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Controversial marriage, population bills approved by lower house

Burma’s lower house of parliament on Thursday approved two bills that have been criticised for their potential to negatively affect women and their rights in the country.

The Buddhist Women’s Special Marriage Bill and the Population Control Healthcare Bill form part of a controversial package of four bills, known as the Race and Religion Protection Laws package, which were passed through a vote on 19 March.

Objection was raised by several MPs, including those from the opposition National League for Democracy, the ruling Union Solidarity and Development Party and a number of ethnic Chin Christian MPs during debate.

The Buddhist Women’s Marriage Bill stipulates that Buddhist women who are married to men of other religions must be allowed to retain her Buddhist faith, and to freely practice Buddhist activities such as meditation, worshipping Buddhist statues and making merit through donations. If a husband is found to have forcibly converted her to his religion, or to have forced her to abandon her Buddhist faith, he could be punished with imprisonment or a fine.


The Population Control Healthcare Bill, limiting childbirth to one baby per mother every three years, specifies that surveys will be conducted in various administrative regions across Burma to assess the balance between birth rates, migration rates and regional resources, after which reports will assess whether there is a risk of resource shortages. The bill was passed in the upper house in February this year. The bills now need to be discussed in the bicameral parliament before being adopted into law by presidential decree.

A petition by the conservative Buddhist monkhood group, the Association for the Protection of Race and Religion, commonly known by the Burmese acronym Ma-Ba-Tha, last year received 100,000 signatures in favour of the Race Protection package. President Thein Sein subsequently ordered the drafting of four bills, namely the Religious Conversion Bill, Monogamy Bill, Population Control Healthcare Bill, and Buddhist Women’s Marriage Bill.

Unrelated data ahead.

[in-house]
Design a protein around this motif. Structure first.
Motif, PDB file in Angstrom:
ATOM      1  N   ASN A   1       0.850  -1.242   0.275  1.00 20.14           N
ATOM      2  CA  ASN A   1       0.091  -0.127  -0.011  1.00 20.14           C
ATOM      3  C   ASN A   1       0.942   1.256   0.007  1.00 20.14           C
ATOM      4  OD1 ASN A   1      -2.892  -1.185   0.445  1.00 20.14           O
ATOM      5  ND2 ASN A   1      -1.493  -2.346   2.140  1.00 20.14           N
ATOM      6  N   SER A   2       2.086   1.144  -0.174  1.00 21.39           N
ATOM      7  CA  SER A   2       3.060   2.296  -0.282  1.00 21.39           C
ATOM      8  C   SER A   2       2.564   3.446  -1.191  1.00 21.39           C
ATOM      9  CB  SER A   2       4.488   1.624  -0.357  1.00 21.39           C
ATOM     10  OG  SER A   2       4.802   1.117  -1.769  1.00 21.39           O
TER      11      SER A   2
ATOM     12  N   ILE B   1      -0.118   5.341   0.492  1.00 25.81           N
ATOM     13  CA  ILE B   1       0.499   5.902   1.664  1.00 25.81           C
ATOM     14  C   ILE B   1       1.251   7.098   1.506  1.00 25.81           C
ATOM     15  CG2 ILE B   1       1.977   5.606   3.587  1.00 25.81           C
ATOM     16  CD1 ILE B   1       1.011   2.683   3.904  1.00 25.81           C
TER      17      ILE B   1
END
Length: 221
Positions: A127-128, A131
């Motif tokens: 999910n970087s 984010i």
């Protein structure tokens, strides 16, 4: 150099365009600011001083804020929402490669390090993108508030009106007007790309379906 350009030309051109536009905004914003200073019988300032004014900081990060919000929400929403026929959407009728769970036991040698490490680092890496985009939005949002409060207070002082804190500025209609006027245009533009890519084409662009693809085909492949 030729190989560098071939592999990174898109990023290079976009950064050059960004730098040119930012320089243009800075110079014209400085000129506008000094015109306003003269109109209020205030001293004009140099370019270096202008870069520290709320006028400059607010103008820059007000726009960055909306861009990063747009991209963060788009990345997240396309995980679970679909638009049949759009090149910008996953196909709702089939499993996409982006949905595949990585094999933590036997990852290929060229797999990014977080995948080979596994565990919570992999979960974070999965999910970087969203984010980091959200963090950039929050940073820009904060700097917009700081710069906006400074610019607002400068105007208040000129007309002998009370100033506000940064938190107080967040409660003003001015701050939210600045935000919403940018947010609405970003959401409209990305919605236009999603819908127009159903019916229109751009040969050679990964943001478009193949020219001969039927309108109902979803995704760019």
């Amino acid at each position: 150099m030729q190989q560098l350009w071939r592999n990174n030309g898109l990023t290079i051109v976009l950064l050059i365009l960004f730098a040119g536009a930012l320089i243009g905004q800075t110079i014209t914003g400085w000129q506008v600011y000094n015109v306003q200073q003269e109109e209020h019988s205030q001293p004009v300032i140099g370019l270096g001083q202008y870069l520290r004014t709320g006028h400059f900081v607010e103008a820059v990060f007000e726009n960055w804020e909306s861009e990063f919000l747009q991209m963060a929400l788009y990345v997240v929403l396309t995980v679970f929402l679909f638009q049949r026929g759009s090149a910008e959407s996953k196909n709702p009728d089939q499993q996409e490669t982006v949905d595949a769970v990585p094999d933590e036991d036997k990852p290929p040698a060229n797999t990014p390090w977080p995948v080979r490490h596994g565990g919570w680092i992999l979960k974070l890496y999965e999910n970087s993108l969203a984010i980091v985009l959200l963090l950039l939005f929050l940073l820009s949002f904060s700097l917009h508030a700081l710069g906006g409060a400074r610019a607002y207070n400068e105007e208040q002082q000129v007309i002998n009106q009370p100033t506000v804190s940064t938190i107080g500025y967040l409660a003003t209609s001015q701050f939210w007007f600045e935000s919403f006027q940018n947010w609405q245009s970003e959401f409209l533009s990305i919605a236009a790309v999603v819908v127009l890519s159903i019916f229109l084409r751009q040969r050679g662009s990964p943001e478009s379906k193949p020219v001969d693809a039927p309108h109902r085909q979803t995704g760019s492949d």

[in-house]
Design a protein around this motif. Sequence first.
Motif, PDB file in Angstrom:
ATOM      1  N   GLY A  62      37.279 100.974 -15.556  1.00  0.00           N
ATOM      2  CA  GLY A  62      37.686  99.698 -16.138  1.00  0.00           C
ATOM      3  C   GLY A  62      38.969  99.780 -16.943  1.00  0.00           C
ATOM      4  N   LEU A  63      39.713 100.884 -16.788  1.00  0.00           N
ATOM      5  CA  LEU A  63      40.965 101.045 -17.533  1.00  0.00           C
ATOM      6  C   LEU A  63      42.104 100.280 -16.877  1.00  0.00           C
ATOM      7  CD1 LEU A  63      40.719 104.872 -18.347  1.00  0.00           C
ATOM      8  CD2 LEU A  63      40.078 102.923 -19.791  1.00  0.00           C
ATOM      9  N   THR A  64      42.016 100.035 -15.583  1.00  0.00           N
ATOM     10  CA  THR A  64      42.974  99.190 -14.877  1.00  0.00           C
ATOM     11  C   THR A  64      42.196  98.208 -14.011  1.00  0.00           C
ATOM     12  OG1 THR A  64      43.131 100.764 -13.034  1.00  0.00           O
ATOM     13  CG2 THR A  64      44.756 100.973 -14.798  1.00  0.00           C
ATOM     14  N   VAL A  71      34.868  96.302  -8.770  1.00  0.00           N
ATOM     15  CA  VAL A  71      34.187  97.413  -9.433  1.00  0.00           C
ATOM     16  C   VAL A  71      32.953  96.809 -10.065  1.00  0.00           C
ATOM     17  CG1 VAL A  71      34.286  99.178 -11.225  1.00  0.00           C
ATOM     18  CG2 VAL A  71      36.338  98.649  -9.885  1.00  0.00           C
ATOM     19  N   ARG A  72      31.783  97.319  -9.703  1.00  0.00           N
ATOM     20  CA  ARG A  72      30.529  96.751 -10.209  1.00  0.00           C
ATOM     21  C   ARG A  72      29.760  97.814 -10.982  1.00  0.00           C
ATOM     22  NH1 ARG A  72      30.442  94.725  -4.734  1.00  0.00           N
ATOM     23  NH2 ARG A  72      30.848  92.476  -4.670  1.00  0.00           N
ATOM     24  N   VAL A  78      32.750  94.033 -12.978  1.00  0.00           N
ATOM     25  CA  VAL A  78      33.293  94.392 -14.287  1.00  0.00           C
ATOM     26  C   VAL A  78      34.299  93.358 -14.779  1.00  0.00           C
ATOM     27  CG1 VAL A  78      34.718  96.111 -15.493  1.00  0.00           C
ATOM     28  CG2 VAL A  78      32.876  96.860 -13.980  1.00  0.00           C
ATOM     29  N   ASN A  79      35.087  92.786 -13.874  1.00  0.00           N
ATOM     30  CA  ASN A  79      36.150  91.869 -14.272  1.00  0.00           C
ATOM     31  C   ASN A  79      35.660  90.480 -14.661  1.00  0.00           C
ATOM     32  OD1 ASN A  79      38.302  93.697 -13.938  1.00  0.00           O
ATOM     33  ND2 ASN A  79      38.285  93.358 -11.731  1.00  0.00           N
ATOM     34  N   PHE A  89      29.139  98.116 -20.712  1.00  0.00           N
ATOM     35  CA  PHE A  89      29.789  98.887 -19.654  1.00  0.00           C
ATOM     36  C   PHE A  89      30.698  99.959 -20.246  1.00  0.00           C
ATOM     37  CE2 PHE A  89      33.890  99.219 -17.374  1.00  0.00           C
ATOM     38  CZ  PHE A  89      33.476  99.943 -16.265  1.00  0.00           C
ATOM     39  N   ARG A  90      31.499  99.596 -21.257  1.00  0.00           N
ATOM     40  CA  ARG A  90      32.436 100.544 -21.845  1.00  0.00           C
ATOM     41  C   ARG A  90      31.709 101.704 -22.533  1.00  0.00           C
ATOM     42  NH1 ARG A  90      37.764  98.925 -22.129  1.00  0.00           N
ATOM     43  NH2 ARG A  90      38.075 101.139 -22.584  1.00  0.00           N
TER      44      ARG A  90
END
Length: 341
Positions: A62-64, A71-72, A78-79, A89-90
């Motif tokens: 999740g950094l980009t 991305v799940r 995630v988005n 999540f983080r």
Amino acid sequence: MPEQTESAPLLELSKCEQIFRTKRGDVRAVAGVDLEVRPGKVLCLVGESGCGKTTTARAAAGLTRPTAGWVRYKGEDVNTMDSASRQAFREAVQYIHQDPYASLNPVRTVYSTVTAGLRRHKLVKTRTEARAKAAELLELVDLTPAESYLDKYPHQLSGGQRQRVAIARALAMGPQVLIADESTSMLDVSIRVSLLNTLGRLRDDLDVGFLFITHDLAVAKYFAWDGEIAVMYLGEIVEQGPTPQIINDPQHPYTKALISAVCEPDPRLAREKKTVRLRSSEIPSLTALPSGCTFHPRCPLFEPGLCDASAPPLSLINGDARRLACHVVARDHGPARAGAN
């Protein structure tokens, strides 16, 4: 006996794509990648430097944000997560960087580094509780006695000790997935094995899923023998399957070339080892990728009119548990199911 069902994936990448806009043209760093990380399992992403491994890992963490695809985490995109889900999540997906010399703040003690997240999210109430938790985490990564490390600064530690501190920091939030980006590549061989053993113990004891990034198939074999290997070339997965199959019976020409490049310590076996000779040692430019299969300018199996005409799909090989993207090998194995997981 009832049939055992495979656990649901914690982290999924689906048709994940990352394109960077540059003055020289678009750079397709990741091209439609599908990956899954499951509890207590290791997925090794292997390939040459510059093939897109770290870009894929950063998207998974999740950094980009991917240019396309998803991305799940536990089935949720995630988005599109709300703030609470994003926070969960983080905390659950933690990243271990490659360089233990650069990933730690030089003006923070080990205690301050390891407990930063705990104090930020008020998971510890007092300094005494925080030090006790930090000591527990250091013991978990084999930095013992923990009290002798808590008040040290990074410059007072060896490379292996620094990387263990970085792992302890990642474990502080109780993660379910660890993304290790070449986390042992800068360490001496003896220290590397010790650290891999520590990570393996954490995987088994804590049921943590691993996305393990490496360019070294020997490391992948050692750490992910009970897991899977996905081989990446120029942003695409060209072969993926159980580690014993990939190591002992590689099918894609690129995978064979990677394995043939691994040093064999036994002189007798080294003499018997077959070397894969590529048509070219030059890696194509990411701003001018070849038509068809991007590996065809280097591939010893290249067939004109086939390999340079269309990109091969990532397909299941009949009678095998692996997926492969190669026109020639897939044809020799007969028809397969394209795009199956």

Many observers see the Race Protection package as an attempt to subjugate and control the Muslim community in Burma. Recent bloody confrontations between Muslims and Buddhists have led to a rise in nationalism among Burmese Buddhists across the country.  Human Rights Watch say more than 100,000 people have been displaced by communal violence in Arakan State in recent years.

In January, 180 women’s groups, networks and civil society organisations voiced their opposition to the proposed race protection package in a signed statement, which they delivered to parliament.

The women’s group’s statement has highlighted that in many respects, the proposals would be unconstitutional. It also points out that many of the laws would be in contravention of international legislation, including the Convention Eliminating All Forms of Discrimination Against Women (CEDAW) and the Universal Declaration on Human Rights (UDHR).



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